Stevens said women are also disproportionately represented in the ranks of minimum workers.

Higher wages would financially empower adults working in hospitality, service, grocery or cleaning jobs, he said —  the people often called "heroes" during the early days of the COVID-19 pandemic, but who have since "been ironically forgotten."

"When we talk about increasing the minimum wage, we hear these catastrophic statements that it will have an economic impact. It's a misconception that it will create a hardship for small businesses," Stevens said, adding some Regina small businesses have been vocal proponents of living wages.

But for Sheikh Kamal Ahmed, who owns a grocery store on Saskatoon's 22nd Street, a minimum wage increase for his three employees will add to his operating expenses.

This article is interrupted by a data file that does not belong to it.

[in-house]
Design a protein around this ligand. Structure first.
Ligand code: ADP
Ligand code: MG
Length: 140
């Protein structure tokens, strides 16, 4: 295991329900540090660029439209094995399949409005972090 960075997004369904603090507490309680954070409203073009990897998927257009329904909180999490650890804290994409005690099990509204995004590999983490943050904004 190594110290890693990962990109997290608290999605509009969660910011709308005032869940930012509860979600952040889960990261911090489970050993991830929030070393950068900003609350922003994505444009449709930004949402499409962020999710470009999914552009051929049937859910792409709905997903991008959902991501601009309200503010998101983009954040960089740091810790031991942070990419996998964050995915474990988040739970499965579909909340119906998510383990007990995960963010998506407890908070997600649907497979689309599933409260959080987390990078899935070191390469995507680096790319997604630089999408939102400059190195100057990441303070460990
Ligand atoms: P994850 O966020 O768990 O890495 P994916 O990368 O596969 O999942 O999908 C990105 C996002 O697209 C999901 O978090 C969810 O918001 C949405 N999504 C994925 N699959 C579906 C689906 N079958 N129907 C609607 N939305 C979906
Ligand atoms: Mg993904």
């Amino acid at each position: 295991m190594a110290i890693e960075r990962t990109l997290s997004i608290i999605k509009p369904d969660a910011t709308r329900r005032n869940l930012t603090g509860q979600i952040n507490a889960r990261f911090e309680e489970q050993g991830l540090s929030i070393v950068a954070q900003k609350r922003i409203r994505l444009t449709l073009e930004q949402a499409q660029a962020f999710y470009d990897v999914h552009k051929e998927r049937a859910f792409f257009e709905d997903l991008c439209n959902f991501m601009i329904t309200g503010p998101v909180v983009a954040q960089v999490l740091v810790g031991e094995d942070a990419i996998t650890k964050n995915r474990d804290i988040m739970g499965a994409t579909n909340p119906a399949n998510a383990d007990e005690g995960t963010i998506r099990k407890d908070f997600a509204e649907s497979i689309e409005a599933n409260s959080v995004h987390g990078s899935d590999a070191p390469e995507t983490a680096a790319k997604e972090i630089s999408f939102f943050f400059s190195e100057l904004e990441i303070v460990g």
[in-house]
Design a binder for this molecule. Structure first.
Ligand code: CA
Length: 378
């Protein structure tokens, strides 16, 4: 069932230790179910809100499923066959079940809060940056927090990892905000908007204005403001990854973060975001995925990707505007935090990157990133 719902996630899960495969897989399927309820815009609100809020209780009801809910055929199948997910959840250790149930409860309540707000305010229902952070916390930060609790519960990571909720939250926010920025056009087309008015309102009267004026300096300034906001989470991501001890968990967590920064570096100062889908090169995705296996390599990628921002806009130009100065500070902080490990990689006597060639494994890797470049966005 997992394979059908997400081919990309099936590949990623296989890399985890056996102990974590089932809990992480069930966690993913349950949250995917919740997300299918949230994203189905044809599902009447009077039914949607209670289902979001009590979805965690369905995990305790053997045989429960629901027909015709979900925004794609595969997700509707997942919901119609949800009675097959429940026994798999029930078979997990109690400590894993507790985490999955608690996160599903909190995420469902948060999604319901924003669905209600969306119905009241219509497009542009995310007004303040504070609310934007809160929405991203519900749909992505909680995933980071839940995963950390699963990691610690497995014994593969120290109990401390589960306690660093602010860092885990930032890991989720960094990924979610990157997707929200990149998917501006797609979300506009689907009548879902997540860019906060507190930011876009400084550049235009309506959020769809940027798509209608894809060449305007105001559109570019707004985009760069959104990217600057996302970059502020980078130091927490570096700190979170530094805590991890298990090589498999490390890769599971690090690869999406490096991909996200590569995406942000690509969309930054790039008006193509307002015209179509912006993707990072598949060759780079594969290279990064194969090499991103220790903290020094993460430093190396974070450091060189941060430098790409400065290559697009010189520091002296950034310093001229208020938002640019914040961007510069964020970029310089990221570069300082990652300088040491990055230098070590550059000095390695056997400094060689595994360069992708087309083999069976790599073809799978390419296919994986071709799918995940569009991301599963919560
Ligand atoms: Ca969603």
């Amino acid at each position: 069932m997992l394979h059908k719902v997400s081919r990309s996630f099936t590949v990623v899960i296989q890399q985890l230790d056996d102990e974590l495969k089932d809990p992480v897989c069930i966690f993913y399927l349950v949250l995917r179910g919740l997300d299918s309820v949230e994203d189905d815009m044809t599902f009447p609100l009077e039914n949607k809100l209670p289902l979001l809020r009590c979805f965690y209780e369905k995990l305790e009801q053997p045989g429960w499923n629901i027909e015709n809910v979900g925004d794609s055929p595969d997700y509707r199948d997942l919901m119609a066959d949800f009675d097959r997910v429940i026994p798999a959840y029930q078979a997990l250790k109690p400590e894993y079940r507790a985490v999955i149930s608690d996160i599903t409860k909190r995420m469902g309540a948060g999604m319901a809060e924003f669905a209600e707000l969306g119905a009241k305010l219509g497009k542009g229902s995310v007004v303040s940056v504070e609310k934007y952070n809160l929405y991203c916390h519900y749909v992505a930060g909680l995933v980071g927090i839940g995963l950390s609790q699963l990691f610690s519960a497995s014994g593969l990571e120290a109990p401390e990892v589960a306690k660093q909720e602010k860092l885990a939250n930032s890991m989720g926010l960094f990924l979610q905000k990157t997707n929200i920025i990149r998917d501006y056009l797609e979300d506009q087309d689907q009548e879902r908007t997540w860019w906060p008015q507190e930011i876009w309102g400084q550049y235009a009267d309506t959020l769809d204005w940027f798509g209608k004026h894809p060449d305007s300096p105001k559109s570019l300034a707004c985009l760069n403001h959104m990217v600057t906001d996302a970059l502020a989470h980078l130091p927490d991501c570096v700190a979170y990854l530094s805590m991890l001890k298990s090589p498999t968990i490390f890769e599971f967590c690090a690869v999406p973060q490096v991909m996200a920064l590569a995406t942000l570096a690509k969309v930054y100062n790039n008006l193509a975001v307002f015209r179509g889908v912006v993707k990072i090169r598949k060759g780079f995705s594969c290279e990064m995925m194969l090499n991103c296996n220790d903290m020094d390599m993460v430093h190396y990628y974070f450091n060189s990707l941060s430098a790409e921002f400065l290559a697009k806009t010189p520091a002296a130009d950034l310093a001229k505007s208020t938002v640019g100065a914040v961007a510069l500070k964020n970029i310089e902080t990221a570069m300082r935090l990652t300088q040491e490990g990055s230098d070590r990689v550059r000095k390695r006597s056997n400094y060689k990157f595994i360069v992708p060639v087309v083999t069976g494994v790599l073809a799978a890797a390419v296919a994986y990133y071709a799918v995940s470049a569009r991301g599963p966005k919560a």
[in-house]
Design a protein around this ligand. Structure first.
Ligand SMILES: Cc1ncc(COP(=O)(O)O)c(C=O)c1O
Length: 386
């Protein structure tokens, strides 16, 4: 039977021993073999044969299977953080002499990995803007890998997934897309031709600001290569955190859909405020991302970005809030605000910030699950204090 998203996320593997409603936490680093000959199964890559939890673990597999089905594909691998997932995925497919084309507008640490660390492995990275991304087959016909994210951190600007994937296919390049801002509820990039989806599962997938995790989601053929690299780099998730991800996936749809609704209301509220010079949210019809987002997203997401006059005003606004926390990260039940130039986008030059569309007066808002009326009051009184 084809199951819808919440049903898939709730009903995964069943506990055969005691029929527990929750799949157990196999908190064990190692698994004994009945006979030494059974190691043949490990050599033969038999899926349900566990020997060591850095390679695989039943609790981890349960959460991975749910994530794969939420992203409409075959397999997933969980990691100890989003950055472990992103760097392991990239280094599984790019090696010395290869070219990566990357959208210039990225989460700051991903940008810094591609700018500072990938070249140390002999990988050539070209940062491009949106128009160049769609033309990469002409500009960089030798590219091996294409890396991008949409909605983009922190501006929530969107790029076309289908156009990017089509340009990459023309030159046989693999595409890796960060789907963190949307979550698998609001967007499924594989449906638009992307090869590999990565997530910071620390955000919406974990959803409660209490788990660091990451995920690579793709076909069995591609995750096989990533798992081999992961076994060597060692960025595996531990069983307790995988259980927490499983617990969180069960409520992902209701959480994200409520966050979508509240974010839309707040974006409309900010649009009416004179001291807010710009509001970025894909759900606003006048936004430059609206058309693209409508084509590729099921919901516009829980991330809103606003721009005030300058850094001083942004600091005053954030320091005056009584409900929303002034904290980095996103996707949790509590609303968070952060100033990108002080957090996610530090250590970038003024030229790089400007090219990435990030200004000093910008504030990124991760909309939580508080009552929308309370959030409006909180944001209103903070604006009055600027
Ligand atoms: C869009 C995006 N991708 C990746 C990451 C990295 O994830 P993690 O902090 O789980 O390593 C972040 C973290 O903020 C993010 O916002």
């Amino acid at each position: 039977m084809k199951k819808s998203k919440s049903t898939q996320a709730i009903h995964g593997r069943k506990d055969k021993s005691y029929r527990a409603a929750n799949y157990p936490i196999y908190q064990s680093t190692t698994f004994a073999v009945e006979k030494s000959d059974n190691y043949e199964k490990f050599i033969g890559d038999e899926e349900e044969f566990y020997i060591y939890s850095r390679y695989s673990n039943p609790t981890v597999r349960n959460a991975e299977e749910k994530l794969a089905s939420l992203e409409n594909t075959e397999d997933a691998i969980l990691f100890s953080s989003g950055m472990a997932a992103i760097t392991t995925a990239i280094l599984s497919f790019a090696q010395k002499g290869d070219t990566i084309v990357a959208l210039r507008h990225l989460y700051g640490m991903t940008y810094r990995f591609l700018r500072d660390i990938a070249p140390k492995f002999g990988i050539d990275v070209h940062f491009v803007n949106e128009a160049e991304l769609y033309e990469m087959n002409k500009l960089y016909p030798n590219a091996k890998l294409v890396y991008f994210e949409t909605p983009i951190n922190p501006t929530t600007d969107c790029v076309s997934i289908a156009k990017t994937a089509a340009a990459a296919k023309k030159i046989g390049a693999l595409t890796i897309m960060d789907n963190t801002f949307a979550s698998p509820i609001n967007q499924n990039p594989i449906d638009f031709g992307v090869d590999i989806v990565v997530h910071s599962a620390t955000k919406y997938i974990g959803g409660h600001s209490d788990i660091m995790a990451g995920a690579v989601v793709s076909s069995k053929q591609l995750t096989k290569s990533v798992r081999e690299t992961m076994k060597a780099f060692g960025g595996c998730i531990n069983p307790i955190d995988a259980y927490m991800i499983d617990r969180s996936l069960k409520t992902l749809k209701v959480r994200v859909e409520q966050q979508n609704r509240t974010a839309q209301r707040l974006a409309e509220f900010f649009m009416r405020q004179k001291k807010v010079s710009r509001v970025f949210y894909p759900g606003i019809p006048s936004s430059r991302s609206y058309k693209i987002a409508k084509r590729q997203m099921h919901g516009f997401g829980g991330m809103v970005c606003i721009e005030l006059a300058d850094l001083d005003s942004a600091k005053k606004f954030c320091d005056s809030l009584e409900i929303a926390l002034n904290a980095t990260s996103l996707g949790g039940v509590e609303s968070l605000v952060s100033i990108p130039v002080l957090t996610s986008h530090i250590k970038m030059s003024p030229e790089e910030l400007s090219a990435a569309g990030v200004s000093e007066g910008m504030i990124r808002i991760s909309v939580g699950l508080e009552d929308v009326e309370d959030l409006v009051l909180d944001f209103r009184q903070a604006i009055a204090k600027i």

'Small business owners are still struggling'

Ahmed said costs are mounting to import store items from Bangladesh, India and other South Asian countries.

"There is a 20 to 30 per cent increase from the supplier's end," he said. "But we cannot increase the prices of the merchandise as customers won't pay that much."

His utility and rent prices are also being hit by inflation, he said.

"With the minimum wage heading to $15 per hour, it will further impact our business."

Saskatoon small business owner Sheikh Kamal Ahmed says the minimum wage increase for his three employees will add to his already high operating expenses. (Pratyush Dayal/ CBC)